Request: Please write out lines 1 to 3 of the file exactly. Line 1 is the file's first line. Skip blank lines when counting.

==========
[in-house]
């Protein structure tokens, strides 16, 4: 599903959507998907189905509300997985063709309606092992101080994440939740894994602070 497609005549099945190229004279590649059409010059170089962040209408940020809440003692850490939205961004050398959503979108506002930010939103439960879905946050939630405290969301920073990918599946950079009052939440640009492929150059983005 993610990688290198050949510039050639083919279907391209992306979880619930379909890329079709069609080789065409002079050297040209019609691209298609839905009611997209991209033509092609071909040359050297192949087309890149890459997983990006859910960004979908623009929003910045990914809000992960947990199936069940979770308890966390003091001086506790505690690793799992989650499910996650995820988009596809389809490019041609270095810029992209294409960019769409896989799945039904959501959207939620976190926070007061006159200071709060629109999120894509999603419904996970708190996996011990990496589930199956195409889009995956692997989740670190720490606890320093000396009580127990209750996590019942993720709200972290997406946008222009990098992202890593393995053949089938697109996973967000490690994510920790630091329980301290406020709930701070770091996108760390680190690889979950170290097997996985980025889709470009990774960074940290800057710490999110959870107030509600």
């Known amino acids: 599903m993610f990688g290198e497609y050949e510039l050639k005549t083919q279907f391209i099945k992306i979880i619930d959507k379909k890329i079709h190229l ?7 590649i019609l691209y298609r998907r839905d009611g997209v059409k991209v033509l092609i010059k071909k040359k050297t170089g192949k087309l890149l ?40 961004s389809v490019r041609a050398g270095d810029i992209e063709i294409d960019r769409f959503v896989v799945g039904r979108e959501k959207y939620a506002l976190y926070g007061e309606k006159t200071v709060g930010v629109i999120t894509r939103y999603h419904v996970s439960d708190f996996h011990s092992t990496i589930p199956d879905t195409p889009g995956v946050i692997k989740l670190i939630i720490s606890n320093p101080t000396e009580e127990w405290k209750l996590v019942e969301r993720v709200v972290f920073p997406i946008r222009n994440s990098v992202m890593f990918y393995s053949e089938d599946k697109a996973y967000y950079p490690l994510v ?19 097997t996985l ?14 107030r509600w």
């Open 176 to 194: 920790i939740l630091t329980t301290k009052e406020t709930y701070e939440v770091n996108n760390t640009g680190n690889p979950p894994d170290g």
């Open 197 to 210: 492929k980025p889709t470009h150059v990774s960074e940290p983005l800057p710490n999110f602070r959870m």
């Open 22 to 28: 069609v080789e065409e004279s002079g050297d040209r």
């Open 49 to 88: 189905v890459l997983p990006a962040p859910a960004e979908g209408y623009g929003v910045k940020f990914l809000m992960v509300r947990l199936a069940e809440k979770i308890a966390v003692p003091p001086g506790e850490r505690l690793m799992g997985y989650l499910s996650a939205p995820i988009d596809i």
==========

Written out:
[in-house]
């Protein structure tokens, strides 16, 4: 599903959507998907189905509300997985063709309606092992101080994440939740894994602070 497609005549099945190229004279590649059409010059170089962040209408940020809440003692850490939205961004050398959503979108506002930010939103439960879905946050939630405290969301920073990918599946950079009052939440640009492929150059983005 993610990688290198050949510039050639083919279907391209992306979880619930379909890329079709069609080789065409002079050297040209019609691209298609839905009611997209991209033509092609071909040359050297192949087309890149890459997983990006859910960004979908623009929003910045990914809000992960947990199936069940979770308890966390003091001086506790505690690793799992989650499910996650995820988009596809389809490019041609270095810029992209294409960019769409896989799945039904959501959207939620976190926070007061006159200071709060629109999120894509999603419904996970708190996996011990990496589930199956195409889009995956692997989740670190720490606890320093000396009580127990209750996590019942993720709200972290997406946008222009990098992202890593393995053949089938697109996973967000490690994510920790630091329980301290406020709930701070770091996108760390680190690889979950170290097997996985980025889709470009990774960074940290800057710490999110959870107030509600």
């Known amino acids: 599903m993610f990688g290198e497609y050949e510039l050639k005549t083919q279907f391209i099945k992306i979880i619930d959507k379909k890329i079709h190229l ?7 590649i019609l691209y298609r998907r839905d009611g997209v059409k991209v033509l092609i010059k071909k040359k050297t170089g192949k087309l890149l ?40 961004s389809v490019r041609a050398g270095d810029i992209e063709i294409d960019r769409f959503v896989v799945g039904r979108e959501k959207y939620a506002l976190y926070g007061e309606k006159t200071v709060g930010v629109i999120t894509r939103y999603h419904v996970s439960d708190f996996h011990s092992t990496i589930p199956d879905t195409p889009g995956v946050i692997k989740l670190i939630i720490s606890n320093p101080t000396e009580e127990w405290k209750l996590v019942e969301r993720v709200v972290f920073p997406i946008r222009n994440s990098v992202m890593f990918y393995s053949e089938d599946k697109a996973y967000y950079p490690l994510v ?19 097997t996985l ?14 107030r509600w």